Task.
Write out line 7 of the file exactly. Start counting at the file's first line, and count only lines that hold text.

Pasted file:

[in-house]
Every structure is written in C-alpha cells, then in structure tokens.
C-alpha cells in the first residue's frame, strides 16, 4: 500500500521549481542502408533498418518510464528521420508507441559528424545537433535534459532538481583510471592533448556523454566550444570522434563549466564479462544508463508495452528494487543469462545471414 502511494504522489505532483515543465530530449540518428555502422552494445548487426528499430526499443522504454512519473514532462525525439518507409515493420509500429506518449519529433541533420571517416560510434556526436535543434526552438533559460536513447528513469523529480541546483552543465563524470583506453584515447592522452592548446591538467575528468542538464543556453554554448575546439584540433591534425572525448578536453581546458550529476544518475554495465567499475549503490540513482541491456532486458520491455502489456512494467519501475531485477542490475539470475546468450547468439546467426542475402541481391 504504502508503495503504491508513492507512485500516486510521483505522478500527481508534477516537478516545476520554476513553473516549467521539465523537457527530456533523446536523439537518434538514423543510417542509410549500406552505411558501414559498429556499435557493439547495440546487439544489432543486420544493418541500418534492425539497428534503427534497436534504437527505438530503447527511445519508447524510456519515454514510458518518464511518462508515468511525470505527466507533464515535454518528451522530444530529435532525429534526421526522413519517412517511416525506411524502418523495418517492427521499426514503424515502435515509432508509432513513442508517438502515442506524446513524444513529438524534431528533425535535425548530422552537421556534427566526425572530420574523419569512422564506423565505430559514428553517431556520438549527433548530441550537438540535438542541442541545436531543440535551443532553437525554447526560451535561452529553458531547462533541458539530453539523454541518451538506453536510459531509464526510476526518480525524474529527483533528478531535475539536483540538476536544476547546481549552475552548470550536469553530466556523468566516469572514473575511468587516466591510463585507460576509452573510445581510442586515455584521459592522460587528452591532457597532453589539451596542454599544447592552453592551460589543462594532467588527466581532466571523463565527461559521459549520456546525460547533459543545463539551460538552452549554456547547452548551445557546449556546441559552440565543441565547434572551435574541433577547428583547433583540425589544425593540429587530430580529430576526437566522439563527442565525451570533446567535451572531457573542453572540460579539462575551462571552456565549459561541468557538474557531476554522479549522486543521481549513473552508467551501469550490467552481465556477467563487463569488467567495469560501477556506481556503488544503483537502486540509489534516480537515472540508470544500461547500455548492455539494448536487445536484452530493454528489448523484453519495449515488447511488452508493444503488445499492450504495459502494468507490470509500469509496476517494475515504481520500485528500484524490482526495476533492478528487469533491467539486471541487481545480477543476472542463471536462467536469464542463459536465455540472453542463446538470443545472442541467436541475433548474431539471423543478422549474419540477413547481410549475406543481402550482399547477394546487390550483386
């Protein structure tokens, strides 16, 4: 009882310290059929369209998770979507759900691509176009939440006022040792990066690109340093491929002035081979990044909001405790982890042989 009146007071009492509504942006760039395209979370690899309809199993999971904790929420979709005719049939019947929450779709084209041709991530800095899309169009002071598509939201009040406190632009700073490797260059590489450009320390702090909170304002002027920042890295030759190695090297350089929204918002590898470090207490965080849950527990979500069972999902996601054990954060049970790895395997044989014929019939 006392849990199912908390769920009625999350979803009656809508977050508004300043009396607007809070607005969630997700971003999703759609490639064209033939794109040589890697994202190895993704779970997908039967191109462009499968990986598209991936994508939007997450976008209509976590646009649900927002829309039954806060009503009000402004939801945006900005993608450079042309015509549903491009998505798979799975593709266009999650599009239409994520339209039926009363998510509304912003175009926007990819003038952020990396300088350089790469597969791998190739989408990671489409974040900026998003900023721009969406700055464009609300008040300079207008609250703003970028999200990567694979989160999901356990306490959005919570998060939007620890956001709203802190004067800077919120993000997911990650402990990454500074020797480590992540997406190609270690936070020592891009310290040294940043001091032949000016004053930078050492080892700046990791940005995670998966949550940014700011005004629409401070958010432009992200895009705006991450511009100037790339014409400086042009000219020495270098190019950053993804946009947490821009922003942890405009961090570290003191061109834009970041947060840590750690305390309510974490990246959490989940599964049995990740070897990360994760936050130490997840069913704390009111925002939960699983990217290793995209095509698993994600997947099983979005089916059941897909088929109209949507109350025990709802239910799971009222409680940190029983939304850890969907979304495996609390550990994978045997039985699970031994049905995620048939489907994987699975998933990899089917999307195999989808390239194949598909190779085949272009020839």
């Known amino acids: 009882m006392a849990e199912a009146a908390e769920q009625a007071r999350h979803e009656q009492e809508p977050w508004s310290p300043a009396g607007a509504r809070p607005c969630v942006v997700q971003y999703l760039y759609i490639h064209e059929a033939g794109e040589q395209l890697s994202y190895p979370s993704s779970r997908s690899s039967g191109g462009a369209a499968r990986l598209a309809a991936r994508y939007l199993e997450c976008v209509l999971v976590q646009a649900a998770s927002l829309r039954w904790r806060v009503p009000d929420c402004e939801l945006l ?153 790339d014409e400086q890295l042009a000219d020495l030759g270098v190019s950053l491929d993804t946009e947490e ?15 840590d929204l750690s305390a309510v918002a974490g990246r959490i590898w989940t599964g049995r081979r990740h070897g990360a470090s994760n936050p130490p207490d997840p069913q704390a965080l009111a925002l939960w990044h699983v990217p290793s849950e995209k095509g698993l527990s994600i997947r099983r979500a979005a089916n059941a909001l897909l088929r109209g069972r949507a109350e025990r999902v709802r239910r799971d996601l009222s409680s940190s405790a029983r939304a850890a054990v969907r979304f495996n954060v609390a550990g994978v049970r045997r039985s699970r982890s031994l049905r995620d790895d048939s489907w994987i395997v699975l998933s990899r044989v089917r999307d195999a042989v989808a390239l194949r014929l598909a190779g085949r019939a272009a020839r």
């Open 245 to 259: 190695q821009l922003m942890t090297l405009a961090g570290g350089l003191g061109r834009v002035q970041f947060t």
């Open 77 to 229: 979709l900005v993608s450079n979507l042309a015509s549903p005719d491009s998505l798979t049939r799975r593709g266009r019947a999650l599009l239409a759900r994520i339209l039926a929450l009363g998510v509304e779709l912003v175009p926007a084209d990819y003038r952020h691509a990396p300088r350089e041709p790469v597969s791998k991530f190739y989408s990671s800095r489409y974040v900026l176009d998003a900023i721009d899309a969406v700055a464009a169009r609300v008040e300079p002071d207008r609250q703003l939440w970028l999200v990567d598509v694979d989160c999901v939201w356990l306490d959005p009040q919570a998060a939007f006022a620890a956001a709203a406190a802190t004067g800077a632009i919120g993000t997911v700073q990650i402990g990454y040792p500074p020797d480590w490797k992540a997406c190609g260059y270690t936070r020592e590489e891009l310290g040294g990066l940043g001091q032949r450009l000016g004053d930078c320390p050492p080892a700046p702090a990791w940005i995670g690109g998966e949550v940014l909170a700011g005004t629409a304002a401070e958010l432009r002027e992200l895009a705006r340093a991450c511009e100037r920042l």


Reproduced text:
């Open 77 to 229: 979709l900005v993608s450079n979507l042309a015509s549903p005719d491009s998505l798979t049939r799975r593709g266009r019947a999650l599009l239409a759900r994520i339209l039926a929450l009363g998510v509304e779709l912003v175009p926007a084209d990819y003038r952020h691509a990396p300088r350089e041709p790469v597969s791998k991530f190739y989408s990671s800095r489409y974040v900026l176009d998003a900023i721009d899309a969406v700055a464009a169009r609300v008040e300079p002071d207008r609250q703003l939440w970028l999200v990567d598509v694979d989160c999901v939201w356990l306490d959005p009040q919570a998060a939007f006022a620890a956001a709203a406190a802190t004067g800077a632009i919120g993000t997911v700073q990650i402990g990454y040792p500074p020797d480590w490797k992540a997406c190609g260059y270690t936070r020592e590489e891009l310290g040294g990066l940043g001091q032949r450009l000016g004053d930078c320390p050492p080892a700046p702090a990791w940005i995670g690109g998966e949550v940014l909170a700011g005004t629409a304002a401070e958010l432009r002027e992200l895009a705006r340093a991450c511009e100037r920042l």